As Ghana marks the 2023 month of March; a month in which the country celebrates its heritage, rich culture, and history – also known as Ghana Month, we take a look at the story of Titus Teye Kitcher, a retired broadcaster of the Ghana Broadcasting Corporation (GBC).
The Ace Broadcaster’s service has been etched in the history of the Ghana Broadcasting Corporation as the longest serving and youngest Presidential Reporter during the 20 years’ reign of the late former President Flt. Lt. Jerry John Rawlings.
But what is the story of Teye Kitcher, the broadcaster described as “The Man with the Golden Voice”?
Mr. Teye Kitcher retired from active service at the age of 60 on 7th July, 2019, but by the age of 25 years he was already reporting from the seat of government, making him the youngest presidential correspondent in the history of Ghana.
Teye would go on to become the Head of Radio News of the Ghana Broadcasting Corporation (GBC) when he was 58 years old.
Before that, however he became a News Anchor, a News Editor and Assignment Editor, well on his way to becoming the Head of Radio News years later.
His clear, robust, rich and resonant voice accompanied with confidence during news presentation has won him the nickname ‘The Man with the Golden Voice’.
Born in July, 1959 and affectionately known as TT or Tito, the young Teye Kitcher pursued education so hard, becoming one of the few people to work closely with the late Former President Jerry John Rawlings.
He attended Osu Presbyterian Boys’ Primary School, continued to the Ada Presbyterian Middle Boarding School, then enrolled at Ada Secondary School and finally got admission to the Ghana Institute of Journalism (GIJ) where he pursued a diploma programme in Journalism.
He further acquired Bachelor of Arts in Journalism and subsequently offered a Master of Arts programme in Media Management.
According to Mr. Teye Kitcher, he was employed at the State Broadcaster in 1982 but his life changed in 1986 when he was assigned to report on events from the Osu Castle, the seat of Government at that time.
“I went to work one morning and the then Director of News and Current Affairs, Amb. David Anarglatey called me to his office and told me to go to the Castle as a Presidential reporter; first I was shocked because how can I go to the Castle when reporting the Head of State is a preserve of Chief Editors and Assistant Chief Editors but there were people in the newsroom who encouraged me to take up the role”, he said.
Mr. Teye in an interview with Wisconsin News said he was very apprehensive when he reported to the Castle the very first day because during the revolution, people had described Mr. Rawlings as ‘hard guy’, he gets angry very easy and was difficult to deal with.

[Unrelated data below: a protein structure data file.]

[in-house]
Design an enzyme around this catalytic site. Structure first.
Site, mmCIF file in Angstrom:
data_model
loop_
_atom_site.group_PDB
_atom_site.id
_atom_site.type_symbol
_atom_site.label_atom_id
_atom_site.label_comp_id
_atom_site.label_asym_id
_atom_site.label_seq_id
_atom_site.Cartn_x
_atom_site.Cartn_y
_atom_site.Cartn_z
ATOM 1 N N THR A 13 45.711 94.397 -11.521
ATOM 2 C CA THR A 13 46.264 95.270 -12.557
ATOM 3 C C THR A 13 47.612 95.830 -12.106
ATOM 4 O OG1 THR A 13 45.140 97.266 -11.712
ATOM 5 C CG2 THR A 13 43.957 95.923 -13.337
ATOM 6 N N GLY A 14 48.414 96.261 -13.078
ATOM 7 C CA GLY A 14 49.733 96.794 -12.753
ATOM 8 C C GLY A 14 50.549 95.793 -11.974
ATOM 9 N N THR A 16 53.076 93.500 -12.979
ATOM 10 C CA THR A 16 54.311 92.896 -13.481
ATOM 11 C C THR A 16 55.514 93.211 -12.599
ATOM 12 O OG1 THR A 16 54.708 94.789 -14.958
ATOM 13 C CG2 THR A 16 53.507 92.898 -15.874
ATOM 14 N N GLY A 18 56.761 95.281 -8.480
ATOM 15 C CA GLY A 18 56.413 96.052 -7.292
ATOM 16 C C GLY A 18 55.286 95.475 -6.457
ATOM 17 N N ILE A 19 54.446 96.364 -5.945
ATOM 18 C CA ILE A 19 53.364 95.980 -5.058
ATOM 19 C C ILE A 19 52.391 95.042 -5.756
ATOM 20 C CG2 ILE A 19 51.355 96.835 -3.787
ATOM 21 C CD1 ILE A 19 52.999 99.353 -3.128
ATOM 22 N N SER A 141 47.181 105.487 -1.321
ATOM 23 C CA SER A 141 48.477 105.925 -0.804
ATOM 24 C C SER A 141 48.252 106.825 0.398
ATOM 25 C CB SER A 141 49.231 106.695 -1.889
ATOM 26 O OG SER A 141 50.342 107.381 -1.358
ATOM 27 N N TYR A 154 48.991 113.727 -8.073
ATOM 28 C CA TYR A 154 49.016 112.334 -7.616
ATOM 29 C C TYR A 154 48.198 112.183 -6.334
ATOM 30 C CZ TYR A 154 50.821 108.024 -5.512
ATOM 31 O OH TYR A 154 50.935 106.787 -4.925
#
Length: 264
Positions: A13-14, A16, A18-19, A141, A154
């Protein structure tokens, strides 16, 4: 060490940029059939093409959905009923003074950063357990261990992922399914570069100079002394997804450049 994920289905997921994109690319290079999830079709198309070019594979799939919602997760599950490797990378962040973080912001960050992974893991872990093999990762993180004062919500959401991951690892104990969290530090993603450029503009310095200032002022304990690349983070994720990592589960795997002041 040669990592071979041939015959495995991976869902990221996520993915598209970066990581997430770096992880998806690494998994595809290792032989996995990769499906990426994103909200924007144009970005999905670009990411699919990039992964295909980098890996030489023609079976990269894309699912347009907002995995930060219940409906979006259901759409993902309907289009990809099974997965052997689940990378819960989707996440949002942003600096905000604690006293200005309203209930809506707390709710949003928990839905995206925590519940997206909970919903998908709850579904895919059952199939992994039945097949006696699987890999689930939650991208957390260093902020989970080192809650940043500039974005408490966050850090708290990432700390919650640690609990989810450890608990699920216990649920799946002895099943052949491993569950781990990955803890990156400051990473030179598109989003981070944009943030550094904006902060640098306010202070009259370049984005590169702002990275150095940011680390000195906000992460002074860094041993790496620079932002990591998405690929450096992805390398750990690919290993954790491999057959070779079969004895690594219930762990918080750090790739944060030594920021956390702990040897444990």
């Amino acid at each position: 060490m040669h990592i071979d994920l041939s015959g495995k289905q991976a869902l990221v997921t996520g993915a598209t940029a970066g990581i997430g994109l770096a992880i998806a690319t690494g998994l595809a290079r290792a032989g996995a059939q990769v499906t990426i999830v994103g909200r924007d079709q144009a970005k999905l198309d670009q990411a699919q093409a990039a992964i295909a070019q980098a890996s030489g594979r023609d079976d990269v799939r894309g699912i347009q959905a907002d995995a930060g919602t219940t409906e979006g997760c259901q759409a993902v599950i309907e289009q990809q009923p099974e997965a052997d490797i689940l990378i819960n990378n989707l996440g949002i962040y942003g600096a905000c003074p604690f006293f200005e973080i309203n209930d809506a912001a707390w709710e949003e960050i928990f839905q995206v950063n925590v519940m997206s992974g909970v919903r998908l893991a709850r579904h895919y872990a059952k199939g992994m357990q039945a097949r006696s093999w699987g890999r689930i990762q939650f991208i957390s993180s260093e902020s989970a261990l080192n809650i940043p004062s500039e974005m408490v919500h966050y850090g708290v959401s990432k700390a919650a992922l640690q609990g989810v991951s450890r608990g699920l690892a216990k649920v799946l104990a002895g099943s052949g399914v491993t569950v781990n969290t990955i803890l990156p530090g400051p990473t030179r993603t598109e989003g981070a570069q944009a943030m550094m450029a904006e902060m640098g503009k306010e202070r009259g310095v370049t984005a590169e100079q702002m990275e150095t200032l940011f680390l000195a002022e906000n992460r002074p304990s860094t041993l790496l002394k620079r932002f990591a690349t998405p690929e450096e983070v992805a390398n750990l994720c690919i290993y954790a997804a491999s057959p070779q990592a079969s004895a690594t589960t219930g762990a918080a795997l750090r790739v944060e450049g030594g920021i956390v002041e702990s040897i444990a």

On the contrary, Mr. Teye Kitcher rather found a Senior Brother and a friend in Mr. Rawlings the very first day he reported at the office of the then Head of State.
“About eight of us were lined up in his office and he looked at me and said to me you are new and I replied, Yes Sir! He continued and said you wear big shoes and I replied in the affirmative and from that day, Mr. Rawlings affectionately called me ‘Shoe’ and that is where our friendship began”, My Teye Kitcher recalled.
Tito is well travelled due to the nature of his job but it is not cozy to be a Presidential reporter thus the job comes with it challenges and Mr. Teye Kitcher has on several occasions come across such challenges.
According to him apart from the mere crashes of the Presidential Jet which was scary, his worst challenge as a reporter with the Presidency was when he reported on the trouble up north between the Dagombas, Kokombas and Gonjas.
“I say so because for a long time I had nightmares due to the number of dead bodies I saw, the destructions, the killings, the displacement of people and the stench of rotten flesh was a bit too much for me and for about three months, I could jerk up out of my sleep at night and have the stench of the rotten flesh in my nostrils; that was traumatic for me”, he revealed.
Mr. Teye Kitcher attributed his long stay at the Presidency as a reporter to his diligence and commitment.
“For me I think my superiors were impressed with my work and it extended to the Mr. Rawlings himself and that is why I could walk to his office anytime and vent out whatever my problem was at that time”, he said.
After 37 years of service, Mr. Teye Kitcher is enjoying retirement but his appetite for teaching is not allowing him to have a full blown retirement rest.
He is now a lecturer at the Wisconsin International University College, Ghana (WIUC Ghana) where he lectures on media related courses.
“I love teaching and now that I am not doing mainstream media, I think it is fair enough and service to humanity to train people to pick up and continue from where we left and I must say I enjoy teaching these students”, he joyfully said.
Mr. Teye Kitcher bemoaned the disregard for professionalism among some journalists across the country, a situation he described as unfortunate.
“Journalism is a highly rewarding career option, but it is not without its challenges. It is an excellent career for many. But, to succeed, you need passion and skills for the news, current affairs, and media”, he said.